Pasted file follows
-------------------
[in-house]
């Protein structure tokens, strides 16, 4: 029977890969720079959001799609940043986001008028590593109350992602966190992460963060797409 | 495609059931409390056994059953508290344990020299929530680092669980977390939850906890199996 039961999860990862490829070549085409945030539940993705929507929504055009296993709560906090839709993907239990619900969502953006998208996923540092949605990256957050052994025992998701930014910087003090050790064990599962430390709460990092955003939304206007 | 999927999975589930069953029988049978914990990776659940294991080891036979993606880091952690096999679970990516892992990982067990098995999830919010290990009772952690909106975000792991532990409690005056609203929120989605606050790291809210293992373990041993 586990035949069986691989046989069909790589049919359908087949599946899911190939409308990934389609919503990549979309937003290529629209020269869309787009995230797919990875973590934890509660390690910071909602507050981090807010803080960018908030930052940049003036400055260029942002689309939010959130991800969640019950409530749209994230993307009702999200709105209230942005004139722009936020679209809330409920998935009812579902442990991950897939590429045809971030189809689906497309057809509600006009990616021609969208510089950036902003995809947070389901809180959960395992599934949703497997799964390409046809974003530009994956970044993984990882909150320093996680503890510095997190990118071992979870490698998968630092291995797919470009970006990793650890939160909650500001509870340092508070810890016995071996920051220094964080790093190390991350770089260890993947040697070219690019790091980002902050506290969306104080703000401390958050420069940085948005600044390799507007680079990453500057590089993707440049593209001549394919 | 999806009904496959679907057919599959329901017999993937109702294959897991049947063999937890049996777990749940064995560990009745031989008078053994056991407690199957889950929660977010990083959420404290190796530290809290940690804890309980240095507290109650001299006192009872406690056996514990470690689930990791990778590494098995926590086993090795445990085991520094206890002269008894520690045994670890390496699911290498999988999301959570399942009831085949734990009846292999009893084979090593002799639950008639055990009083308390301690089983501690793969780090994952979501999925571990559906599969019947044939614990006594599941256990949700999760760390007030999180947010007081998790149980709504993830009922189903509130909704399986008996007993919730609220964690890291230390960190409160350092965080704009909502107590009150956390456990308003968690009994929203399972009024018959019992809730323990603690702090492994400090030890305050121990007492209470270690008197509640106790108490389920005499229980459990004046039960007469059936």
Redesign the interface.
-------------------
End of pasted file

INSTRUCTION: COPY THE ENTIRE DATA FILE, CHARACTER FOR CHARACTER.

[in-house]
């Protein structure tokens, strides 16, 4: 029977890969720079959001799609940043986001008028590593109350992602966190992460963060797409 | 495609059931409390056994059953508290344990020299929530680092669980977390939850906890199996 039961999860990862490829070549085409945030539940993705929507929504055009296993709560906090839709993907239990619900969502953006998208996923540092949605990256957050052994025992998701930014910087003090050790064990599962430390709460990092955003939304206007 | 999927999975589930069953029988049978914990990776659940294991080891036979993606880091952690096999679970990516892992990982067990098995999830919010290990009772952690909106975000792991532990409690005056609203929120989605606050790291809210293992373990041993 586990035949069986691989046989069909790589049919359908087949599946899911190939409308990934389609919503990549979309937003290529629209020269869309787009995230797919990875973590934890509660390690910071909602507050981090807010803080960018908030930052940049003036400055260029942002689309939010959130991800969640019950409530749209994230993307009702999200709105209230942005004139722009936020679209809330409920998935009812579902442990991950897939590429045809971030189809689906497309057809509600006009990616021609969208510089950036902003995809947070389901809180959960395992599934949703497997799964390409046809974003530009994956970044993984990882909150320093996680503890510095997190990118071992979870490698998968630092291995797919470009970006990793650890939160909650500001509870340092508070810890016995071996920051220094964080790093190390991350770089260890993947040697070219690019790091980002902050506290969306104080703000401390958050420069940085948005600044390799507007680079990453500057590089993707440049593209001549394919 | 999806009904496959679907057919599959329901017999993937109702294959897991049947063999937890049996777990749940064995560990009745031989008078053994056991407690199957889950929660977010990083959420404290190796530290809290940690804890309980240095507290109650001299006192009872406690056996514990470690689930990791990778590494098995926590086993090795445990085991520094206890002269008894520690045994670890390496699911290498999988999301959570399942009831085949734990009846292999009893084979090593002799639950008639055990009083308390301690089983501690793969780090994952979501999925571990559906599969019947044939614990006594599941256990949700999760760390007030999180947010007081998790149980709504993830009922189903509130909704399986008996007993919730609220964690890291230390960190409160350092965080704009909502107590009150956390456990308003968690009994929203399972009024018959019992809730323990603690702090492994400090030890305050121990007492209470270690008197509640106790108490389920005499229980459990004046039960007469059936």
Redesign the interface.